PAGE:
CEO’s Blog: September 2021: The “thief of joy”?

It was wonderful to see colleagues and children returning to our schools at the start of the month.  I have felt a palpable sense of resolve to meet the challenges of the term ahead, and an excitement at the re-engagement with friends and acquaintances after a summer break which, for many within our school communities, included a significant amount of work as preparation for the onset of the new academic year.

Looking back at my blog for September 2020, I concluded with the following: “But let us all hope for calmer waters and more favourable tides than those we’ve encountered most recently.”  This time last year many of us, or arguably most of us, looked forward to 2020-21 as the time when schools would return to a “new normal” and examinations and tests would determine the final outcomes for the children of Years 6, 11 and 13.  This wasn’t mere wishful thinking, but a reasoned series of assumptions based on the information that was forthcoming at the time. 

Today, we also look forward to “calmer waters and more favourable tides” and with greater confidence than this time last year.  It is our innate optimism as educators that drives us to look at the future positively.  Within John Taylor MAT, our statement of intent is that “we believe in the power of education to improve lives – and the world.” That is an inherently optimistic view of both education and the future, and I continue to subscribe to it unashamedly.

Whilst on a lengthy run a couple of weeks ago (more of running in a supplemental blog in a fortnight’s time!) I was struck by a quotation from American moral and social philosopher Eric Hoffer (pictured below) that featured in the audiobook I was “reading” at the time (by another American social philosopher, Thomas Sowell).  I bookmarked the section, and have found the quotation subsequently and transcribed it here:

“There are many who find a good alibi far more attractive than an achievement. For an achievement does not settle anything permanently. We still have to prove our worth anew each day; we have to prove that we are as good today as we were yesterday. But when we have a valid alibi for not achieving anything we are fixed, so to speak, for life.”

Eric Hoffer, The Passionate State of Mind: And Other Aphorisms [1954]

One doesn’t have to have worked in a school to recognise the above as being a succinct but highly accurate attitude to life that some individuals will exhibit and seek to exploit.  It is in no small part the work of the “rest of us” – young and old – in school and beyond to challenge the alibis and settle for nothing less than achievement.  And having sought achievement, recognise and celebrate it when it is evident – and then insist on greater accomplishment still.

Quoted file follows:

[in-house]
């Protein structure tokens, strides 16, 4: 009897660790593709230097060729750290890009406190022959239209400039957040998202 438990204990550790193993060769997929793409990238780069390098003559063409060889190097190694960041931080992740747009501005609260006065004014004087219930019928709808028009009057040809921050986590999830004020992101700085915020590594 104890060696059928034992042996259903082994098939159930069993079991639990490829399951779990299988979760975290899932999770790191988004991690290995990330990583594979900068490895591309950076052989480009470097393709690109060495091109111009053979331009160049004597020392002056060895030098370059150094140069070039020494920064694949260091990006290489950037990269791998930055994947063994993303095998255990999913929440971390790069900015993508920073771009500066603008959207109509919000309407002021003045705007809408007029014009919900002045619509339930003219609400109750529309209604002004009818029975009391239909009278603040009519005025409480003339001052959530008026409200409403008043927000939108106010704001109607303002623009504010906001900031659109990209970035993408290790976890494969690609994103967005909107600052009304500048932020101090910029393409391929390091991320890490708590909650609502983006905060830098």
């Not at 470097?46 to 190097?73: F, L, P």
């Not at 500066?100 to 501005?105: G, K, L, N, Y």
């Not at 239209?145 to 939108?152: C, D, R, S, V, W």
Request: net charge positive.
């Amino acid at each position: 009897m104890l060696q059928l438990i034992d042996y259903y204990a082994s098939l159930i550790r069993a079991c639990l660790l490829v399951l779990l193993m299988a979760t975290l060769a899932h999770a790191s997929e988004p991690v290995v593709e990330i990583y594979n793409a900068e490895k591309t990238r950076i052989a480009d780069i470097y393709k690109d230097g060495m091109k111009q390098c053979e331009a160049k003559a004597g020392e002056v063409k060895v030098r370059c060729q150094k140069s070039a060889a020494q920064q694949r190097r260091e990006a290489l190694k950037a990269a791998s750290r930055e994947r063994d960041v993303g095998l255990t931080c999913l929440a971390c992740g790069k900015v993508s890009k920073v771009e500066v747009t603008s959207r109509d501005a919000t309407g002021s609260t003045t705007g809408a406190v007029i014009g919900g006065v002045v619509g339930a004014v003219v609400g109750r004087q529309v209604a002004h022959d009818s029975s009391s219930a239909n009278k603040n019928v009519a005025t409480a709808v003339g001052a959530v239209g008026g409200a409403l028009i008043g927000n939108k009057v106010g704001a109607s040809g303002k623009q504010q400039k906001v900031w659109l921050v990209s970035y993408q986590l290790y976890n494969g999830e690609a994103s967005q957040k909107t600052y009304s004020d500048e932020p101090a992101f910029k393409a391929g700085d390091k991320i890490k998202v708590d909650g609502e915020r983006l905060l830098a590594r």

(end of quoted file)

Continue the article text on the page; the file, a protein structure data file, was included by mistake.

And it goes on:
In our school communities we want everyone to become the best version of themselves they can.  This means comparison between their past self and their present, and the comparison between their present self and their future.  “Comparison is the thief of joy”, as the ancient Sufis claimed.  But in that context the comparison is with others – their wealth, their status, their achievements, and even their happiness.  In our schools, we avoid comparison with others when it comes to an individual and their progress.  To do otherwise, opens the door to the “good alibi” that Hoffer seeks to guard us against.

So, let today be your best day – except for tomorrow, which will be better still!

Thanks for reading. 

Mike

CEO’s Blog: August 2021: “But the light is better in here.”

Readers of my July blog may recall a brief reference to the work of physicist Richard Feynman. Taking my reading of quantum theory and its impact on us “down the rabbit hole”, as they increasingly say today, I was struck whilst reading some more of Feynman’s work – this time a series of lectures entitled “The Meaning of it All” – by his thoughts on what he describes as “the unscientific age” in which he argues we live.